This from Harry Wilmerding (Source:  https://ussanews.com/News1/2021/10/12/nobody-wants-to-work-record-4-3-million-people-quit-their-jobs-in-august-as-workers-see-opportunity-in-chaotic-labor-market/):

Chris Markowski, the host of the podcast “The Watchdog on Wallstreet”, told the Daily Caller News Foundation that the record number of quits is attributed to the number of benefits being paid to workers, keeping them out of the workforce.

“Nobody wants to work, it’s everywhere,” Markowski told the DCNF.  “No one has any workers.  The government basically started universal basic income when they sent child care tax to individuals.”

The number of job openings declined to 10.4 million for August from 11.1 million in July, the BLS reported.  Experts to the DCNF that President Joe Biden’s new vaccination mandate is hurting an already thin labor market.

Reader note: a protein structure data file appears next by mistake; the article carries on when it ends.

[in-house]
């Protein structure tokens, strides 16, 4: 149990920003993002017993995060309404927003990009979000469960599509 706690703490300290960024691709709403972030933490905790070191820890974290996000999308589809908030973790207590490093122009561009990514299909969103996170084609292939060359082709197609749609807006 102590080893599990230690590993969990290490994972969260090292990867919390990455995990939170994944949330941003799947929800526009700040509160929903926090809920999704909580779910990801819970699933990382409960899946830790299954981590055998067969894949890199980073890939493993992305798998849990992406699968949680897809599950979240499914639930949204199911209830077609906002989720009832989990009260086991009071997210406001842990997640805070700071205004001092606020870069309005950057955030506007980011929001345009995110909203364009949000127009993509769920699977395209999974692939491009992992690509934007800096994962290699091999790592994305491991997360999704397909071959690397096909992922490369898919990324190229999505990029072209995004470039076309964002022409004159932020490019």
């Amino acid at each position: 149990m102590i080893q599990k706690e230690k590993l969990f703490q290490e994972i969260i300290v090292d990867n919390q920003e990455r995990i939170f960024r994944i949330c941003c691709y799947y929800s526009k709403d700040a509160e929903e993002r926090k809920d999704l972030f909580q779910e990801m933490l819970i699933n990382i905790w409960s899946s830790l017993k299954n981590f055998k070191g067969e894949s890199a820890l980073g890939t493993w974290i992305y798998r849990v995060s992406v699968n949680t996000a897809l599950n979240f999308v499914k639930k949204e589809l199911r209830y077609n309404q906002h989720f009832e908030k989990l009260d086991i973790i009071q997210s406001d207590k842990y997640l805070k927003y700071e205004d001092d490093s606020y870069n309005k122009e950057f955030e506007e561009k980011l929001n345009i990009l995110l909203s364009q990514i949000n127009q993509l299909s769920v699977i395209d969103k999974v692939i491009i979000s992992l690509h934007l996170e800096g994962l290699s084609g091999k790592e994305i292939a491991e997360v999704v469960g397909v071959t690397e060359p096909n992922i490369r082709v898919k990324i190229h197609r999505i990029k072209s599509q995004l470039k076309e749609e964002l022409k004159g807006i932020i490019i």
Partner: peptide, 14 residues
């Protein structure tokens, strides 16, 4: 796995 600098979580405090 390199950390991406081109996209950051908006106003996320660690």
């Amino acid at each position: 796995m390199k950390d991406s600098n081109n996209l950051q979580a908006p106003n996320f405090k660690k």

“We are already in an unprecedented labor market right now, and this mandate on private employers adds insult to injury because companies are already facing severe labor shortages,” Rachel Greszler, a research fellow and the Heritage Foundation, told the DCNF.

Greszler pointed to the healthcare and public safety industries who have already been hit hard by labor shortages and vaccination mandates.  Target has begun offering workers better pay and more bonuses in an effort to retain employees.

“If you look at history, there has never been a disparity between job openings and people looking for work, like we are seeing now.  It has never been that high,” Markowski told the DCNF.

          Wilmerding points out the proverbial elephant in the room that is affecting employment, the vaccine mandate.  Regardless of how you feel about the mandate or your own vaccination status, there are many workers who aren’t going to get the vaccine under any circumstances.  Those workers will quit their jobs rather than get the vaccine.  That’s another drag on employment.